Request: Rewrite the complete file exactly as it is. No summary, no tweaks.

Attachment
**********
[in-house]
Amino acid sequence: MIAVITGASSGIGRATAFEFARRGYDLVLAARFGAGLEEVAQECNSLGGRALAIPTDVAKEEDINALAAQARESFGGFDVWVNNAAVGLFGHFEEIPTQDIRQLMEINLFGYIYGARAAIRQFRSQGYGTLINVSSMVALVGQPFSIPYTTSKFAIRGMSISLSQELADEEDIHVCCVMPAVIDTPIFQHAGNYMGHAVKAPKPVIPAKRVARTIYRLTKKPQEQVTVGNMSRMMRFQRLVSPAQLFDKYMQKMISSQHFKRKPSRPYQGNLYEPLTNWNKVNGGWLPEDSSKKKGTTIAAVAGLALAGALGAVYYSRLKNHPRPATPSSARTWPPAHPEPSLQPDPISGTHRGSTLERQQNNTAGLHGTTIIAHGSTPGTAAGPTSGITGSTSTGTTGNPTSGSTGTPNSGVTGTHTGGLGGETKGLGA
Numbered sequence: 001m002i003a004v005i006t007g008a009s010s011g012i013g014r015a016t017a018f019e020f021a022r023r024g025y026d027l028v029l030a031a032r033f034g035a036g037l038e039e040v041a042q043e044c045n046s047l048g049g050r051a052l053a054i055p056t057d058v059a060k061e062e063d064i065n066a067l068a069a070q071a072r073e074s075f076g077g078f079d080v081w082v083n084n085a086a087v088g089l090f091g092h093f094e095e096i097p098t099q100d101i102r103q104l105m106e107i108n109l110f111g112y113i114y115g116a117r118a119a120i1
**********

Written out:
[in-house]
Amino acid sequence: MIAVITGASSGIGRATAFEFARRGYDLVLAARFGAGLEEVAQECNSLGGRALAIPTDVAKEEDINALAAQARESFGGFDVWVNNAAVGLFGHFEEIPTQDIRQLMEINLFGYIYGARAAIRQFRSQGYGTLINVSSMVALVGQPFSIPYTTSKFAIRGMSISLSQELADEEDIHVCCVMPAVIDTPIFQHAGNYMGHAVKAPKPVIPAKRVARTIYRLTKKPQEQVTVGNMSRMMRFQRLVSPAQLFDKYMQKMISSQHFKRKPSRPYQGNLYEPLTNWNKVNGGWLPEDSSKKKGTTIAAVAGLALAGALGAVYYSRLKNHPRPATPSSARTWPPAHPEPSLQPDPISGTHRGSTLERQQNNTAGLHGTTIIAHGSTPGTAAGPTSGITGSTSTGTTGNPTSGSTGTPNSGVTGTHTGGLGGETKGLGA
Numbered sequence: 001m002i003a004v005i006t007g008a009s010s011g012i013g014r015a016t017a018f019e020f021a022r023r024g025y026d027l028v029l030a031a032r033f034g035a036g037l038e039e040v041a042q043e044c045n046s047l048g049g050r051a052l053a054i055p056t057d058v059a060k061e062e063d064i065n066a067l068a069a070q071a072r073e074s075f076g077g078f079d080v081w082v083n084n085a086a087v088g089l090f091g092h093f094e095e096i097p098t099q100d101i102r103q104l105m106e107i108n109l110f111g112y113i114y115g116a117r118a119a120i1